Ansys (NASDAQ:ANSS) reported excellent on target Q2 results. The company is the leading provider of engineering simulation software systems. Competition is provided by niche participants with specialties in narrow areas. Ansys is the industry's only broad based supplier. As a result, it has extensive relationships with large corporations, spanning all geographic markets. Margins are high due to the lack of direct competition. They also benefit from the high rate of return the software delivers, which allows Ansys to charge high prices and collect additional fees for upgrades and consulting services. Customers buy the packages either as perpetual licenses, which involve upfront fess and a 20% annual maintenance charge for upgrades; or as annual licenses, where they pay approximately 40% of the perpetual amount every year. Revenues currently break down 40% annual licenses, 30% perpetual licenses, and 30% maintenance.
March quarter results revealed a shift from perpetual to annual licenses. That affected near-term revenue and income. Ansys also experienced a handful of order delays, impacting reported results further. The pendulum swung in the opposite direction in the June period. Perpetual deals bounced back to normal levels and orders closed on time. Performance benefited further from a pick-up in large (over $1.0 million) contracts (19 versus 8 the year before). Revenues improved 20% to $195.0 million as a result. Non-GAAP earnings rose 16% to $.72 a share. Part of the revenue improvement stemmed from an acquisition that was completed in 2012. Organic growth was 10%.
Wall Street estimates were lifted following the strong showing. That enthusiasm probably was misplaced. Sales cycles have grown longer due to the economic slowdown. And the shift back and forth between perpetual and annual new business is likely to continue. Our full-year estimates are unchanged. Income appears on track to rise 13% to $2.85 a share. Next year $3.25 a share (+14%) remains a realistic target.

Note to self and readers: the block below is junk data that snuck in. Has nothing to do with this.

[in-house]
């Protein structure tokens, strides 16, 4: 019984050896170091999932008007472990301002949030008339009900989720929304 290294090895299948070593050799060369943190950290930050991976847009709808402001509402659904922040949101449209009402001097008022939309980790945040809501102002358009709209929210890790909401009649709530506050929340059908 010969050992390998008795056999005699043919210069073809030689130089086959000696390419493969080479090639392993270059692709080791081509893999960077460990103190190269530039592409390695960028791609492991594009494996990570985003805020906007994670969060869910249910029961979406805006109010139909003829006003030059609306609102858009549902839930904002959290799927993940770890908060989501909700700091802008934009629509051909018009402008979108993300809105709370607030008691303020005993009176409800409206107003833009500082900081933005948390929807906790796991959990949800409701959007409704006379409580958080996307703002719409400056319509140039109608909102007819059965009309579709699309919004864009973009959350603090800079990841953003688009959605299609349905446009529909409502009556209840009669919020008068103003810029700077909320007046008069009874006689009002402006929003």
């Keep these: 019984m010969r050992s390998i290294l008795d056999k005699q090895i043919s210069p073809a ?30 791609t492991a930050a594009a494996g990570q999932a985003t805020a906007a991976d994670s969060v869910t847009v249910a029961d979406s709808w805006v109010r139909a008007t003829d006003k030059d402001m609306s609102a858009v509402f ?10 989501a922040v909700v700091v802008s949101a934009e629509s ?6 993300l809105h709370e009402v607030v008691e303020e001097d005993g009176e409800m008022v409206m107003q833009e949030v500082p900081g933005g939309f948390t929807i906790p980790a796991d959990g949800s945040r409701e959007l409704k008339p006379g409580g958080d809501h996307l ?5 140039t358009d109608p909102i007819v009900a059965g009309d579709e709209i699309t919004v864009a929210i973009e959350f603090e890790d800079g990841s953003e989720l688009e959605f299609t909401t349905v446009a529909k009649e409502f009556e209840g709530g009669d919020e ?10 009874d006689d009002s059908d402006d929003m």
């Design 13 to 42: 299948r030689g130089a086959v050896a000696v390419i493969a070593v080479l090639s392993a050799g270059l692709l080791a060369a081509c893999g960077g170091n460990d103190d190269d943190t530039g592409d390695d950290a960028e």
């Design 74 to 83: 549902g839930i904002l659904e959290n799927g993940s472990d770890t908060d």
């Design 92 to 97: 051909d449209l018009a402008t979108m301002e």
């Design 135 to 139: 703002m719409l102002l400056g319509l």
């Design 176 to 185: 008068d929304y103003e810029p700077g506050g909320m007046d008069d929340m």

The long-term outlook remains bright. Existing customers are likely to expand the number of engineers with access to the technology. Europe's largest airplane maker, EADS, recently announced a broad-based expansion, for example. Ansys is developing the mid-sized business market more thoroughly as well. Penetration of emerging geographies promises additional leverage. And the company earns so much money, per share results are certain to be amplified by share repurchases and acquisitions. Moreover, organic growth is likely to be maintained in the 10%-15% range, providing an ongoing tailwind.
Engineering simulation technology remains in an early stage of development. Ansys has the potential to keep growing at above-average rates into the next decade. In 2-3 years, earnings could attain $4.25 a share. Applying a P/E multiple of 30x to those earnings -- realistic in light of the company's dominant market share, fantastic profitability, and the industry's open ended growth potential -- suggests a target price of $125 a share, potential appreciation of 90% from the current quote.
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